Chapter 7 bankruptcy is usually preferred by people who cannot pay back the debts they owe. However, there are certain restrictions regarding who can file for this chapter of bankruptcy. Individuals whose gross income is lower than the state’s median income can qualify for this bankruptcy chapter. There are other ways also for individuals to qualify for this chapter. Suppose your income is high, but paying monthly debts leaves you with an amount that cannot be used to repay the creditors through the Chapter 13 plan. Then you might qualify for Chapter 7. If you have previously used Chapter 7 bankruptcy (in the past 6-8 years), you cannot file for it again. The bankruptcy filing also depends on how long you have lived in a state.
Requirements of Chapter 7
The Chapter 7 bankruptcy takes 4-6 months to complete. In addition, the filer must pay $338 as a filing fee on filing a petition in the court. Apart from this, other forms also need to be submitted that provide information regarding your assets, debts, income, and monthly expenses. You should also provide information regarding the exempt property, property owned or sold, and money spent in the past two years. Another mandatory requirement is completing a credit counseling course with a U.S. Trustee-approved agency.
What happens in Chapter 7 bankruptcy?
Once you file for bankruptcy under Chapter 7, an automatic stay is enforced, preventing creditors from collecting anything from you. Once bankruptcy is filed under Chapter 7, the bankruptcy court determines what will happen to all your property. The court assigns a bankruptcy trustee to ensure that your creditors get paid as much as possible of the amount owed to them. This payment occurs from the proceeds obtained on selling your non-exempt assets. The trustee also checks previous transactions before bankruptcy filing and reverses them to free assets for creditors.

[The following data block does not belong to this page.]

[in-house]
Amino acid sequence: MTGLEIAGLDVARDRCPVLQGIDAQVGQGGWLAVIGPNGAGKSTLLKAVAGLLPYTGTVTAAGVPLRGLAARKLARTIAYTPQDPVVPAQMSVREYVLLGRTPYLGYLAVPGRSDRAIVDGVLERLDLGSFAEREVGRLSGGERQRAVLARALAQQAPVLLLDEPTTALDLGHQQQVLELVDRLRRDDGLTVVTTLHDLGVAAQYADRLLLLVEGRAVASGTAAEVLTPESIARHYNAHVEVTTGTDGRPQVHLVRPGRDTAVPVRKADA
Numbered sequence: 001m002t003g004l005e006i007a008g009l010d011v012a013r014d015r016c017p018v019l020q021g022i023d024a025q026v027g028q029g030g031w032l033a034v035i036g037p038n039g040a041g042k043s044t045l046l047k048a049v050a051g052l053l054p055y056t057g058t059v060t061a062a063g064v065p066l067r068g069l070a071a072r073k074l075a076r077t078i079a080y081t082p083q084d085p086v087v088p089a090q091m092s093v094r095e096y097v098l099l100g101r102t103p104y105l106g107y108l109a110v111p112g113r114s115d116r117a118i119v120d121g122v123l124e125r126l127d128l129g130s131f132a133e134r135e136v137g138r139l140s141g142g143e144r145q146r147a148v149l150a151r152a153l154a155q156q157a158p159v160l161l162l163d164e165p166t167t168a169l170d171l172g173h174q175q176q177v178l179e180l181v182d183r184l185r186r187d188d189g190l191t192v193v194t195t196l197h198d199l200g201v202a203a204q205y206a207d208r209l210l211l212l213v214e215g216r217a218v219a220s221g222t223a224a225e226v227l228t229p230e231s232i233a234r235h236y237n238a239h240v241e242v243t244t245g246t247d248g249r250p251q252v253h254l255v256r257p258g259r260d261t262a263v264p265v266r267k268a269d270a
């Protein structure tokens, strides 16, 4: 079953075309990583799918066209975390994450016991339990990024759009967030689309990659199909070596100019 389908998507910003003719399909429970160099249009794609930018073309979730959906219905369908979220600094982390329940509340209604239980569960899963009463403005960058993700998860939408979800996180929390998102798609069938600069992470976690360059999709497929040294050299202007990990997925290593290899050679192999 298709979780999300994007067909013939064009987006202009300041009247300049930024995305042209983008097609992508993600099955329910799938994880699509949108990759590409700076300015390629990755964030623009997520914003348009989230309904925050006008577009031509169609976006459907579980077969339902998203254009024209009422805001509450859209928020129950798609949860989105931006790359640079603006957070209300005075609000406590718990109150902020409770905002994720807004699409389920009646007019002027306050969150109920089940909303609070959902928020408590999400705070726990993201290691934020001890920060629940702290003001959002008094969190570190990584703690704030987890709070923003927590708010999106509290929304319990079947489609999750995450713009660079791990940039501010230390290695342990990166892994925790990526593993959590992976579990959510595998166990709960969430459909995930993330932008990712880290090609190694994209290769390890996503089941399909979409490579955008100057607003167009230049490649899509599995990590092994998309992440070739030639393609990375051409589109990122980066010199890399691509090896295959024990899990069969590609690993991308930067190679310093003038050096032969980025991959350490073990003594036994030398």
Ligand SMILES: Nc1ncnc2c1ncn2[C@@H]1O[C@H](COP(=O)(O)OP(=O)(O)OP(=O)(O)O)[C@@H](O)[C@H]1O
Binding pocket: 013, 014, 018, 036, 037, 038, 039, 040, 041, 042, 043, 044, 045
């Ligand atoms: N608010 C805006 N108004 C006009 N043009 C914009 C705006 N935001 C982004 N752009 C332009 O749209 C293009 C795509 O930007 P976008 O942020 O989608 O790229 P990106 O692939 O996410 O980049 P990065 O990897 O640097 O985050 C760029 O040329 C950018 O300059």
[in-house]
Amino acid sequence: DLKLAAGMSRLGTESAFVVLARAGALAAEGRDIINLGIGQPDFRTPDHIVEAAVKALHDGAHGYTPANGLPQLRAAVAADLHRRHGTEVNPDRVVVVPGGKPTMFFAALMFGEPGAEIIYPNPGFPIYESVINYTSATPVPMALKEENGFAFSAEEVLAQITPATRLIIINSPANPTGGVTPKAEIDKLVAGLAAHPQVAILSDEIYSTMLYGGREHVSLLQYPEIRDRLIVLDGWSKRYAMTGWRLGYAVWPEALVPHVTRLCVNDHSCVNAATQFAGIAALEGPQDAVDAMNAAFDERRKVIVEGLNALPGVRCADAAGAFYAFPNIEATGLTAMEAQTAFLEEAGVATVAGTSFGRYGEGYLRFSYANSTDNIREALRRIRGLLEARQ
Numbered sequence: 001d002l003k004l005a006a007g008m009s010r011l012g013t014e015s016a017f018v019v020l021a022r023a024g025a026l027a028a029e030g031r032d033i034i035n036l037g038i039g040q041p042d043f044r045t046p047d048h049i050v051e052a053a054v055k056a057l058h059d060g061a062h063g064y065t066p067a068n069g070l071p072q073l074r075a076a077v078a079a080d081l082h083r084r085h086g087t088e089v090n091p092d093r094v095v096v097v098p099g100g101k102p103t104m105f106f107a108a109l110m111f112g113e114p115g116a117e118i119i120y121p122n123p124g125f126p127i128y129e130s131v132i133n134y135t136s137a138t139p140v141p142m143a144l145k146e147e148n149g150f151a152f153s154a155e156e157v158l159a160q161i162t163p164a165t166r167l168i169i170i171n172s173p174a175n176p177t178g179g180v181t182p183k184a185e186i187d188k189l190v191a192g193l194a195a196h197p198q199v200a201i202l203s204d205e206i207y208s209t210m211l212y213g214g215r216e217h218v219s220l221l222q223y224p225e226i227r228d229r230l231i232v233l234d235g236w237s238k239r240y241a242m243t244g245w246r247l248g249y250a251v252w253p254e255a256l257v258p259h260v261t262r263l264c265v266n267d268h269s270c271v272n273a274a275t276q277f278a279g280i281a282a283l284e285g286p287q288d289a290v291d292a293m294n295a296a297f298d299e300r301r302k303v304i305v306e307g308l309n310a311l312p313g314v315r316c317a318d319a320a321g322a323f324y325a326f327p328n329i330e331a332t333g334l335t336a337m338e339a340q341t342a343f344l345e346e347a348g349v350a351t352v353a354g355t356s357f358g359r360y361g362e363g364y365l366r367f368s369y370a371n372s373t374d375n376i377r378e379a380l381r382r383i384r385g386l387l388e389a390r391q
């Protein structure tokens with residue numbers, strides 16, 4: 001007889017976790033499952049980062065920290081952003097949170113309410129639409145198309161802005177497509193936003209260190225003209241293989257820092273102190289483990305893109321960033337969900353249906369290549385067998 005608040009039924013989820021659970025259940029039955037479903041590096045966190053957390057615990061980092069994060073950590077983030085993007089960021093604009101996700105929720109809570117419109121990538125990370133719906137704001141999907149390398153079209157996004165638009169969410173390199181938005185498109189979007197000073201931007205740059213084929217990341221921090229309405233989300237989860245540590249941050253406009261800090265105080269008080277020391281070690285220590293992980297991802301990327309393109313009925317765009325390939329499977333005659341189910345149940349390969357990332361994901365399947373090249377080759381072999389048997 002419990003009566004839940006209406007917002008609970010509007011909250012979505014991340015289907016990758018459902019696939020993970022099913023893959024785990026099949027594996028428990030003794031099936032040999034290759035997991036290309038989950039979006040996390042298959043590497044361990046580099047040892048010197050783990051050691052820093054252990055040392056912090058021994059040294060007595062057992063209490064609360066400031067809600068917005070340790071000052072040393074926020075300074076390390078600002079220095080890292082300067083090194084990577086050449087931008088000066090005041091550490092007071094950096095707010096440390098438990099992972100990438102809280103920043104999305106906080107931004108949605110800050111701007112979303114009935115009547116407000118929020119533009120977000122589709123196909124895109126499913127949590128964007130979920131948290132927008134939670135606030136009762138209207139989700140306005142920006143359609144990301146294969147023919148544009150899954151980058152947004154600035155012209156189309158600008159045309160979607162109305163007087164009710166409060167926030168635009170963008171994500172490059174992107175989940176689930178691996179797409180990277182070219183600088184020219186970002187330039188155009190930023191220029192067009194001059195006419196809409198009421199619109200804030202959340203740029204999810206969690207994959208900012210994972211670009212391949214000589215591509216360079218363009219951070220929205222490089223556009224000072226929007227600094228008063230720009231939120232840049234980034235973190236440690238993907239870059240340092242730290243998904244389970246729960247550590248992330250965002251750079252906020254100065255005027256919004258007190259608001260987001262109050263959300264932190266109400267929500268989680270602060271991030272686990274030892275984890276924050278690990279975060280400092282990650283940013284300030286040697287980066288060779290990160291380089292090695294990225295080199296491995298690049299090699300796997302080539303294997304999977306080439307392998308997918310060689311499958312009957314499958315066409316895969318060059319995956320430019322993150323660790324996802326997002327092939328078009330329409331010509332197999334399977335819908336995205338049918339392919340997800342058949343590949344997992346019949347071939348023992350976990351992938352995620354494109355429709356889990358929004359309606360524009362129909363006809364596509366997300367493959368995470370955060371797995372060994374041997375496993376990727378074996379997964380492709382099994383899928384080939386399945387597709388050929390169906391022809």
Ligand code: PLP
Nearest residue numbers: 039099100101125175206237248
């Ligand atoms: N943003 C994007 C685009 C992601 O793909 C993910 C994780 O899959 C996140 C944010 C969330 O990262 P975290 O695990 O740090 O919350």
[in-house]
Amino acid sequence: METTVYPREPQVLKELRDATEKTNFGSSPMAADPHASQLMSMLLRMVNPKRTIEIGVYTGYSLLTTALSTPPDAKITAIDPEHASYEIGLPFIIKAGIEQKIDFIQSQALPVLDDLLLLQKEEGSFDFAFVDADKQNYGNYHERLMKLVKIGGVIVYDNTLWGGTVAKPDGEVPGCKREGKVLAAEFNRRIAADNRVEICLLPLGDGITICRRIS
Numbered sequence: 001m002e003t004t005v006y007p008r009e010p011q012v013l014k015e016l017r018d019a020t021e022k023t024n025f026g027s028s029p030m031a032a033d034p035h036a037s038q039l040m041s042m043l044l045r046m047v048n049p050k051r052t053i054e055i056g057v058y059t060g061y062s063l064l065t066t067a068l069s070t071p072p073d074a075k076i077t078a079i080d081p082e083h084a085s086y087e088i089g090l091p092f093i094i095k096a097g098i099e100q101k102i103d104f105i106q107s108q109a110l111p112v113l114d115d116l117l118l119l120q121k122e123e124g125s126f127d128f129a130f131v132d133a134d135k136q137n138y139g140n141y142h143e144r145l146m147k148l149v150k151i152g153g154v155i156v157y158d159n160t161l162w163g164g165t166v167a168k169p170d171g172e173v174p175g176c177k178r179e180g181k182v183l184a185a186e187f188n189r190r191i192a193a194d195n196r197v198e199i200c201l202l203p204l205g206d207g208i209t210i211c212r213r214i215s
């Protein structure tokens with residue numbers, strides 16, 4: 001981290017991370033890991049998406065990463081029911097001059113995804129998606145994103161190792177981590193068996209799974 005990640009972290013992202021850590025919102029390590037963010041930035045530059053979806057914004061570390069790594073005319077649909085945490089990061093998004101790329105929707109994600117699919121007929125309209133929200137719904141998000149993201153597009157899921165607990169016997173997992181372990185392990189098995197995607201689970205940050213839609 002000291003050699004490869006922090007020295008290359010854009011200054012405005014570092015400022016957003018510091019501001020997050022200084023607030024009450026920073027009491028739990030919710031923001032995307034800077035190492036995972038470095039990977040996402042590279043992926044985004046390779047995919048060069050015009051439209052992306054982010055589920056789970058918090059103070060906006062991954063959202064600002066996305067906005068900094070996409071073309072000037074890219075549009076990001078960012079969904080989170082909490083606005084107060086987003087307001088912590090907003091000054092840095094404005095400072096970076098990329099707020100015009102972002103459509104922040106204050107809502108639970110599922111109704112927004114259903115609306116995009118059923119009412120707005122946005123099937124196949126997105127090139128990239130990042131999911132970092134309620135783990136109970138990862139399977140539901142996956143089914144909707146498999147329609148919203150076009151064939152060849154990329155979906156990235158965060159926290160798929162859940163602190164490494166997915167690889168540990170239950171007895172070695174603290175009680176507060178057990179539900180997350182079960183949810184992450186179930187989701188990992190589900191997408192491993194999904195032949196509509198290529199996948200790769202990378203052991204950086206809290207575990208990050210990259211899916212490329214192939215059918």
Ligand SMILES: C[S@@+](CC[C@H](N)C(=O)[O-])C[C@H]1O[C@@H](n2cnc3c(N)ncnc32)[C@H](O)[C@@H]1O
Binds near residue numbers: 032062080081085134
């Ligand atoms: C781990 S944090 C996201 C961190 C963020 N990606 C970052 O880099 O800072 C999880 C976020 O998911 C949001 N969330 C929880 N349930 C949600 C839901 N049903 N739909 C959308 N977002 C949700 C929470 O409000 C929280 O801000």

A creditor’s meeting takes place one or two weeks after the bankruptcy filing. In the meeting, the bankruptcy trustee asks questions regarding the papers filed. Usually, the creditor’s meeting lasts for less than ten minutes. It is the only time when the debtor must visit the courthouse. In most cases of Chapter 7 bankruptcy, the property owned by the debtor is usually exempted or not worth much. As a result, Chapter 7 bankruptcy filers usually do not lose any property. However, suppose the bankruptcy trustee finds any non-exempt property in the creditor’s meeting. Then, it is surrendered, or an amount equivalent to the property is deposited in cash. Sometimes, the non-exempt property can be abandoned if it is not worth much, and selling it is cumbersome. The bankruptcy exemptions usually vary from one state to another. You can check the state exemptions of Dallas based law firm.
Secured debts and bankruptcy discharge
A debt against which collateral such as an automobile or house is available is called a secured debt. The creditor can ask for lifting the automatic stay to foreclose on search properties. This usually happens if you are behind on your payments. However, if you are current on your payments, you can keep the property and make payments. A lien against your property is also a secured debt that can be wiped out in a Chapter 7 bankruptcy. Call 888-297-6203 to know more about how to handle secured debts. All your debts are wiped out at the end of the bankruptcy process except debts like child support, tax debts, student loans, etc. Additionally, any debt deemed non-dischargeable by the court (debts incurred due to fraudulent acts) also remains.